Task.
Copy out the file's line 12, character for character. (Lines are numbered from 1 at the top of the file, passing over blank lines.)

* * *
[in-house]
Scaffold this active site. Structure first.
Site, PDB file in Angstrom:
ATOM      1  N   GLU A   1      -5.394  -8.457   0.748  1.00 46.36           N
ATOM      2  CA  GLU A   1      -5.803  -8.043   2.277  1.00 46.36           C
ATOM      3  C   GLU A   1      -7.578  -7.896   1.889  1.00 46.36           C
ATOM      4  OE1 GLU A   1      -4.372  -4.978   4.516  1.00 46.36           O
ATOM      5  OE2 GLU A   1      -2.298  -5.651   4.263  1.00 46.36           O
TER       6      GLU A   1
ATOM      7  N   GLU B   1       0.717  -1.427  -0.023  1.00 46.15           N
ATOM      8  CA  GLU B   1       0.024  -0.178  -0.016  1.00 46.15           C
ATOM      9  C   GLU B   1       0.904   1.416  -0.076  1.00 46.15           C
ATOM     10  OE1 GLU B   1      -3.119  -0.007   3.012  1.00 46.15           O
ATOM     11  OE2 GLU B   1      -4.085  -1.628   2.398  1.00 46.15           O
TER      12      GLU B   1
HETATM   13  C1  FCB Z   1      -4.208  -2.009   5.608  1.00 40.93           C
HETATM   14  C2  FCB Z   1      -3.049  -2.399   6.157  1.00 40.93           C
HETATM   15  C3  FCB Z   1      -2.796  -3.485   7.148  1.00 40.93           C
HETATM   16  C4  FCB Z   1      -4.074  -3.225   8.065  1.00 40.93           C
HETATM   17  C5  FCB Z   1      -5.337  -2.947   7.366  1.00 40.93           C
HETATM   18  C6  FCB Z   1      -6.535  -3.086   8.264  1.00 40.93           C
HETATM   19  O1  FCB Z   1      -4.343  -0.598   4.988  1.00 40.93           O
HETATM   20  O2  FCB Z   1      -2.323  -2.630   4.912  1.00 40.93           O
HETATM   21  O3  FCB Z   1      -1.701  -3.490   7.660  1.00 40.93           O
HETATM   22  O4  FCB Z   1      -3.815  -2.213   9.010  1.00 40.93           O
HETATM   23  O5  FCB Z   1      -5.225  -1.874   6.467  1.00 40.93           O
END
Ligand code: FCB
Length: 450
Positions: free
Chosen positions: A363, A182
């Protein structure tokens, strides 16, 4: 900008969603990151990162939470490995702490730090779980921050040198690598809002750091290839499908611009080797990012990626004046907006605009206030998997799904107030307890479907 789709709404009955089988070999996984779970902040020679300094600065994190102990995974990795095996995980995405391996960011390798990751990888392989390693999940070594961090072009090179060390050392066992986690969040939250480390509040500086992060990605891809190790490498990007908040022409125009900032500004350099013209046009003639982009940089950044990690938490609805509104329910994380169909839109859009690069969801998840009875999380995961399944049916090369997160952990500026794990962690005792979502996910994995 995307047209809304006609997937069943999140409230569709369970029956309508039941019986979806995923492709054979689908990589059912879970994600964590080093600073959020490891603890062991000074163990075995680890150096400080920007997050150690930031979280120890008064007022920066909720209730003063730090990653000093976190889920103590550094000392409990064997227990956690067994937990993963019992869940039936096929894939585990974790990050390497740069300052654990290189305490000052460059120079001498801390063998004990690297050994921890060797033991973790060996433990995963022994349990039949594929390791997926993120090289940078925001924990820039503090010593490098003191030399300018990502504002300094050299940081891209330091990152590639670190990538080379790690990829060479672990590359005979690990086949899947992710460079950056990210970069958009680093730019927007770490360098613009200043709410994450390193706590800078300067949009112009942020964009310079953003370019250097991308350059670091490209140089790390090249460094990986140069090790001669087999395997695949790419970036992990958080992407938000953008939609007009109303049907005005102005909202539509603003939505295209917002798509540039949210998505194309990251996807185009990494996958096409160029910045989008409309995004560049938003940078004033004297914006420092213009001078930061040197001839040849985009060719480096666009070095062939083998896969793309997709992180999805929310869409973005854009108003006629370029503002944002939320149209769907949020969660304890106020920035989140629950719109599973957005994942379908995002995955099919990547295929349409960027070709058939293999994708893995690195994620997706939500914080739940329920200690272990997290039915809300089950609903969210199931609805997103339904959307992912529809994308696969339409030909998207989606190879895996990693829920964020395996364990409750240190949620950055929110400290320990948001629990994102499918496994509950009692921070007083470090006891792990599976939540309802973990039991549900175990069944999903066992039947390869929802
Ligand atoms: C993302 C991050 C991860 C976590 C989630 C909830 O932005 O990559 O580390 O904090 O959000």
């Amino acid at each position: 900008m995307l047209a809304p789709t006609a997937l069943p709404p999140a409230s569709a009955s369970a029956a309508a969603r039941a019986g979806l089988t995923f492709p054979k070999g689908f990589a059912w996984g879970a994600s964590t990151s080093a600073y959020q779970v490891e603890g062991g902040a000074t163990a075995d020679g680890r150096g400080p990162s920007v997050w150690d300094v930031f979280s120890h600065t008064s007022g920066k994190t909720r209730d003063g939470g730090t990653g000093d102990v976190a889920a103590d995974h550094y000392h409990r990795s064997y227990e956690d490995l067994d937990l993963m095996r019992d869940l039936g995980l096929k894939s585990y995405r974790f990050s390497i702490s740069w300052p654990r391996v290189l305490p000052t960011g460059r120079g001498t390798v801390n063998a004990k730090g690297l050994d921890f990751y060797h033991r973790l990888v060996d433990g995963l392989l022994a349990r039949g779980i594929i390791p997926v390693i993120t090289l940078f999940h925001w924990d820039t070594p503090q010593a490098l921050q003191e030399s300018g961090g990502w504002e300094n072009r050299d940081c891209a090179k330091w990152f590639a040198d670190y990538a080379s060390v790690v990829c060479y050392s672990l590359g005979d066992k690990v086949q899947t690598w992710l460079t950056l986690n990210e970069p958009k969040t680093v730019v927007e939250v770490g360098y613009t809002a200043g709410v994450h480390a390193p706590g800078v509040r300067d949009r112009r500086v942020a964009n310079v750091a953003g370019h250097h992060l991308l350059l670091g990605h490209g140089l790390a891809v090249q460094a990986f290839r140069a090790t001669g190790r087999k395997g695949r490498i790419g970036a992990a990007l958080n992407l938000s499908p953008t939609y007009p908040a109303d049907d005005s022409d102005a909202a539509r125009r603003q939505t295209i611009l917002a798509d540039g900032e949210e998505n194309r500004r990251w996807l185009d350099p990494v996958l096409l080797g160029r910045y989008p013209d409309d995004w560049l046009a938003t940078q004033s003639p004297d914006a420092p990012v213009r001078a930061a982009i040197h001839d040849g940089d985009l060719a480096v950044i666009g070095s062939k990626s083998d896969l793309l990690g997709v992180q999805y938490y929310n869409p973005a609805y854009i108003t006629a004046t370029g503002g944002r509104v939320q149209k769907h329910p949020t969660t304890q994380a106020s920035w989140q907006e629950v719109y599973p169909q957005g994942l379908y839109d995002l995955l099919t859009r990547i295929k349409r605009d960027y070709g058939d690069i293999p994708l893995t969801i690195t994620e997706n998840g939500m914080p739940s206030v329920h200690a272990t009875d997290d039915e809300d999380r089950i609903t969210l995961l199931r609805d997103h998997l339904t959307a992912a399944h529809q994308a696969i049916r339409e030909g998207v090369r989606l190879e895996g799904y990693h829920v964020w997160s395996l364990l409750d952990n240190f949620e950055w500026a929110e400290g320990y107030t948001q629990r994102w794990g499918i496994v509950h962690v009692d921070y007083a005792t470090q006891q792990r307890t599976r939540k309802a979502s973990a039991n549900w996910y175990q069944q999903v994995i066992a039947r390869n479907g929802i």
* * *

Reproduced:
ATOM      9  C   GLU B   1       0.904   1.416  -0.076  1.00 46.15           C